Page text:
Land and expand is a common strategy in situations where success is directly linked to the number of personnel deployed.
Land and expand is everywhere
In nature plants such as plantains (see this week’s cover picture) use this effectively, spreading out horizontally to block light from the surrounding grass as it competes for air, water and sunlight.
Many business strategies that are talked about, written and used are derived from military roots. For example Sinon unlocking the resilient ancient city of Troy with the Trojan Horse or the D-Day invasion of World War Two with its parallel set of attacks on Normandy beaches to establish a toe-hold back on the Continent.
Get inside the other’s territory.
Spread out fast so that you are hard to dislodge.
Backfill quickly as you move wider so you don’t get cut-off.
Businesses like to land and expand too
It’s also a business development strategy frequently used by professional services and consultancy companies. And while each person added to the endeavour adds more value than it costs – this can be a useful way of rapidly providing effective support to the client’s mission.
The risk is that the supplier and / or the client can fall into the habit of adding support without fully assessing the marginal value / cost balance of each increment. Then, before you know it, you (as a client) have become dependent on a supplier with services that are pre-destined to become less efficient over time.
Once you start to provide outsourced services using a land and expand strategy you are building up risk.
The problem with land and expand is that clients care about the risks of becoming reliant on external parties and locked into arrangements that become less efficient over time. So they set out to manage those risks in a number of ways. Some of these have perverse consequences such as locking out smaller firms that could provide the innovation required for success in the next business cycle.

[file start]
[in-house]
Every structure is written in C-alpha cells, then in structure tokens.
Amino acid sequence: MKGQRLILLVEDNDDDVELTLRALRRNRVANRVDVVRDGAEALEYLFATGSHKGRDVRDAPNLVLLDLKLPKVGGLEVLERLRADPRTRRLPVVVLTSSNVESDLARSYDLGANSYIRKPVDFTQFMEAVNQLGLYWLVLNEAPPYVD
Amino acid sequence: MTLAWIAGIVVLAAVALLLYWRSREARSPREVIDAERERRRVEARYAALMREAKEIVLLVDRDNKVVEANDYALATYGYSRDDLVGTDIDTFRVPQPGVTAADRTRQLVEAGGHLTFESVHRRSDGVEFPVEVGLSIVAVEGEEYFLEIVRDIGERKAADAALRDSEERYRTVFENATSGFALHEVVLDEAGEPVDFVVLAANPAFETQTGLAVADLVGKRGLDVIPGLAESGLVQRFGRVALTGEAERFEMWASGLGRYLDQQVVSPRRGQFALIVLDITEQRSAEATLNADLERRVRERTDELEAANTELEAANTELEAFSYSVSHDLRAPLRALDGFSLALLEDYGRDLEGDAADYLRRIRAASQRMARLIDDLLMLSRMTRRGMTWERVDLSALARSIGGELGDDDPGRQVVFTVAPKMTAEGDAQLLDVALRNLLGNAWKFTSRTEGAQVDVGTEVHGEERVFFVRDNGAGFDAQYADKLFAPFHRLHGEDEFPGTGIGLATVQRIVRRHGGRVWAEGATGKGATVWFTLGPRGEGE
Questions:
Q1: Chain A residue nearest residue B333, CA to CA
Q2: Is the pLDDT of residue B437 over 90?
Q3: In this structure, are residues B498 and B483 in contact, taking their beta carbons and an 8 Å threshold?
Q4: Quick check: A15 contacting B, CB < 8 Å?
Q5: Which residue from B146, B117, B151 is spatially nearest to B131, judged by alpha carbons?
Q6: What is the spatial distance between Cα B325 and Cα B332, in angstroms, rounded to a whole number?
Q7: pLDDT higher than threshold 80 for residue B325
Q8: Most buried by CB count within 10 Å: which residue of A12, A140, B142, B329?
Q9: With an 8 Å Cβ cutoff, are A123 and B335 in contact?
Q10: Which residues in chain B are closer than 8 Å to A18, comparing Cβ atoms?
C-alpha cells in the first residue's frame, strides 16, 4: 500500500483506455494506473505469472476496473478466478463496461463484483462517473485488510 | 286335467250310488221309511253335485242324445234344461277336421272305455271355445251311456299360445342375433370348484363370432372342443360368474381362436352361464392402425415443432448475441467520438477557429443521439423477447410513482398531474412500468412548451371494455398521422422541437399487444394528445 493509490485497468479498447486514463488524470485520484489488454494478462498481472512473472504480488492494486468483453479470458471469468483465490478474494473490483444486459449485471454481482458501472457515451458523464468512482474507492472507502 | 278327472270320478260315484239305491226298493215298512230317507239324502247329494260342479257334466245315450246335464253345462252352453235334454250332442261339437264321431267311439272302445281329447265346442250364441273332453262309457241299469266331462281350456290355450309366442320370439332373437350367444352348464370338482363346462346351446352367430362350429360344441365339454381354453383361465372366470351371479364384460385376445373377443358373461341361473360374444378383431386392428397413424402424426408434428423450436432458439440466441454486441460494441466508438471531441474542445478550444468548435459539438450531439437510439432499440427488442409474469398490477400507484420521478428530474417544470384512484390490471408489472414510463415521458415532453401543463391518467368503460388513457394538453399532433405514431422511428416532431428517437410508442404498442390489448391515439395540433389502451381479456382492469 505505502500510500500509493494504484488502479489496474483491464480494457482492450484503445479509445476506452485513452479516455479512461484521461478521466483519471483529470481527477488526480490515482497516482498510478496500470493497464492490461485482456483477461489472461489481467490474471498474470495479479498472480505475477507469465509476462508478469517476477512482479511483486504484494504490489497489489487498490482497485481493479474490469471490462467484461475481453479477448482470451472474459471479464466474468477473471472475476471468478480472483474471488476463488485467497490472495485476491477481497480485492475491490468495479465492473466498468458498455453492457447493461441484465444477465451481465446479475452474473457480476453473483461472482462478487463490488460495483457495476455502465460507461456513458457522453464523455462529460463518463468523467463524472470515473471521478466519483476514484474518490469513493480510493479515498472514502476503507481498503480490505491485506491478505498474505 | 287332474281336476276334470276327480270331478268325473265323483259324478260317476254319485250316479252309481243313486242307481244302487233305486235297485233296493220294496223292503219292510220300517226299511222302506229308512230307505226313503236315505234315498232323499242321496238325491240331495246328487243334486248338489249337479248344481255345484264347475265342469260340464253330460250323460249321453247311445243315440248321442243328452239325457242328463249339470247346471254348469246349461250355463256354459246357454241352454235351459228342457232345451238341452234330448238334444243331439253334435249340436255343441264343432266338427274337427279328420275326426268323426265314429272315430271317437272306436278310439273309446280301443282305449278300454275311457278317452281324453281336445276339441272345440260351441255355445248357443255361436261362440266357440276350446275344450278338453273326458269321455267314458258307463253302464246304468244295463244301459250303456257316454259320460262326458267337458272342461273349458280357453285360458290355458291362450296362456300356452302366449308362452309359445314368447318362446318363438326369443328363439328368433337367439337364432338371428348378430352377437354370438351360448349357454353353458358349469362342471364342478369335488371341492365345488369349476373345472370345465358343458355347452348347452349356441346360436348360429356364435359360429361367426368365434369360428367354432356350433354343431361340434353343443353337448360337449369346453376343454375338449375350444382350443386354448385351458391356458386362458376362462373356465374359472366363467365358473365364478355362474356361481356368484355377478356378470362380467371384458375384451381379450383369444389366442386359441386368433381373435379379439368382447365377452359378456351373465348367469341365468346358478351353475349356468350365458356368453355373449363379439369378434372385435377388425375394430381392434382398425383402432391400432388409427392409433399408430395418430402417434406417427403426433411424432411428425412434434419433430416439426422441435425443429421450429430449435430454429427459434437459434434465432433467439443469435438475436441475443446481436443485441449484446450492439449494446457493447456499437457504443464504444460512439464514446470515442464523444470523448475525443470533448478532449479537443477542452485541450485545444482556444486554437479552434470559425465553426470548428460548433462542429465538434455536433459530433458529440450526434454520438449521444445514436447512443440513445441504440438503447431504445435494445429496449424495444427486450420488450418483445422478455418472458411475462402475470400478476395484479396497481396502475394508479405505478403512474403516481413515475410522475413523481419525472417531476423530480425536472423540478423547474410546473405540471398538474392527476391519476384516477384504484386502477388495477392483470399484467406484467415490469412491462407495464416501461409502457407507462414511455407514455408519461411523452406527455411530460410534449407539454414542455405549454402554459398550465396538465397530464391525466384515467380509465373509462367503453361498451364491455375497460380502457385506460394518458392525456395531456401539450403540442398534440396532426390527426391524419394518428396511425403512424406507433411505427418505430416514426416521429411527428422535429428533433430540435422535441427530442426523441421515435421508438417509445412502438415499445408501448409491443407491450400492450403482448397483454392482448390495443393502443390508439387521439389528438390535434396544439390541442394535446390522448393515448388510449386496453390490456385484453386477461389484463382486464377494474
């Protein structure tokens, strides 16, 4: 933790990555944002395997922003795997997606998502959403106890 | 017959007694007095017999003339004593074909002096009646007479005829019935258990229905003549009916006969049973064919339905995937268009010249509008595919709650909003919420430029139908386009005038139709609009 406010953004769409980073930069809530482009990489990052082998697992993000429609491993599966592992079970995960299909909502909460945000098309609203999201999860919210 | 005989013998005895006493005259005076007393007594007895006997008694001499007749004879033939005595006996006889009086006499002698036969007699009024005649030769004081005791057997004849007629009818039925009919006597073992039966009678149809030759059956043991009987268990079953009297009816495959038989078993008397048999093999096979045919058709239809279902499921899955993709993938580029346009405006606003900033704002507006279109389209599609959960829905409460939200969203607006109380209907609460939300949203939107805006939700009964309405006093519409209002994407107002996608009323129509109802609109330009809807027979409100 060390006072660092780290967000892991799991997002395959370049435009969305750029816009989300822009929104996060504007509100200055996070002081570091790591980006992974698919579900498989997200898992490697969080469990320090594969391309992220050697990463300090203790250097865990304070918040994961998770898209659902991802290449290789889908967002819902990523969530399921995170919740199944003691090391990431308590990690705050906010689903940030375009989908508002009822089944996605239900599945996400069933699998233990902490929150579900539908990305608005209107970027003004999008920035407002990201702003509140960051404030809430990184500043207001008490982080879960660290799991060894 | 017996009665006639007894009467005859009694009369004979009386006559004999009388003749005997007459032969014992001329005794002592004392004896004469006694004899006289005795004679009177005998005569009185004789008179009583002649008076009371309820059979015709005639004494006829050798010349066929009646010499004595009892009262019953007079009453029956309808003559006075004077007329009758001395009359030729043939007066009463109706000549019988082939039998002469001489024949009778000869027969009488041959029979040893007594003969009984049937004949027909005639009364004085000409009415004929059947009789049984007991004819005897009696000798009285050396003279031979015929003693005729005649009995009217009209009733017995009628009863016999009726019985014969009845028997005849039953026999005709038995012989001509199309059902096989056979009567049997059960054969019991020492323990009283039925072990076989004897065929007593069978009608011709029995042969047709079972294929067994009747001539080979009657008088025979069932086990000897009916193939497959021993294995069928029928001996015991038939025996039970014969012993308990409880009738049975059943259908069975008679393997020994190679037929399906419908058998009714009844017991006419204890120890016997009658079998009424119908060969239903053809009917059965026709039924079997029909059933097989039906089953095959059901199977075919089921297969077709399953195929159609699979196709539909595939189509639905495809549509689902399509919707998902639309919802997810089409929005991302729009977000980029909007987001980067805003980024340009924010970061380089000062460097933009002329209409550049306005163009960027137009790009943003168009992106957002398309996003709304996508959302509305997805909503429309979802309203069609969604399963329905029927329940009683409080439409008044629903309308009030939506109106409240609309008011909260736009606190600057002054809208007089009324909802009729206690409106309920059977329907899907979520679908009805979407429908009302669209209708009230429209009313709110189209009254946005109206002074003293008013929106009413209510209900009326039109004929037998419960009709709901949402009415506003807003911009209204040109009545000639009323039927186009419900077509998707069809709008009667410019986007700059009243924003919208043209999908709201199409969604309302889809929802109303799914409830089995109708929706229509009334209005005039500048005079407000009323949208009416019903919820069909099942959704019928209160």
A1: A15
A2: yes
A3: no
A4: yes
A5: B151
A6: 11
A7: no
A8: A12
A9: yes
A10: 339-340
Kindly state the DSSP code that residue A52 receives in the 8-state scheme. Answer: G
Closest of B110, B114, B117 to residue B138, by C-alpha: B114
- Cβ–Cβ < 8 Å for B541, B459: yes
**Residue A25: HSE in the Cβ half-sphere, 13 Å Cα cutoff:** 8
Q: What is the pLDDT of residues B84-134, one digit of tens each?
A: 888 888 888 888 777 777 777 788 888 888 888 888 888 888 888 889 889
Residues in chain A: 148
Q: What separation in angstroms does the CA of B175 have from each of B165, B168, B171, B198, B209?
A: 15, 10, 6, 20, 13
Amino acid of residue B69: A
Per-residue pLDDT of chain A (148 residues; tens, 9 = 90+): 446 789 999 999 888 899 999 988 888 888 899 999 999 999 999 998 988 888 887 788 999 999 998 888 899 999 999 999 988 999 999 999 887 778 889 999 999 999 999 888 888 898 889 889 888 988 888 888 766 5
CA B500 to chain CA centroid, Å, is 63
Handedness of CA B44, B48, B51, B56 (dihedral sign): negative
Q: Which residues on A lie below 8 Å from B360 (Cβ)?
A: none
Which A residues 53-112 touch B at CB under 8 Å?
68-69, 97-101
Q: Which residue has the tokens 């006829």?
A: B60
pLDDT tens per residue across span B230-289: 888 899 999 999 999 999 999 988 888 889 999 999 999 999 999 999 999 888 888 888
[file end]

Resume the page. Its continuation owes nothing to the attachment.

What is the impact on client decision-making?
- They may avoid buying knowledge and capacity they need,
- Some may seek single-tender procurements so they get the people they trust the most,
- Supplier selection may be driven by relationships not quality, innovation or capability.
I think the heart of the problem lies with the relatively little attention that the marginal value / marginal cost ratio gets when each additional person joins the team. My observation is that service provision structures only get designed at the start of the contract but are not generally reviewed and amended to optimise the value of each increment during the lifetime of the contract.
I think that land and expand also reduces agility and value the longer it goes on.
But what is the alternative?
What about the opposite strategy?
Engage / Agree / Deliver / Review / Exit soon
…Be ready for referrals and repeat business.
‘Quick in / quick-out’ approaches favour smaller teams (1-7 people). They are therefore easier for smaller consulting firms to participate in or to lead. This strategy brings a different set of risks for the client but is generally much more agile.
What is an agile strategy?
– It does not ‘lock-in’ an end-point
– It focusses on near-term contributors to an end goal
– Requires review frequently (weekly or monthly), especially for opportunities & risks
– Is inclusive – involves the leaders at all levels in the organisation
– One that iterates around a cycle – imagine, prioritise, do, review [repeat]
Key point: Consider creative alternatives to service provision to increase your agility
Happy End of summer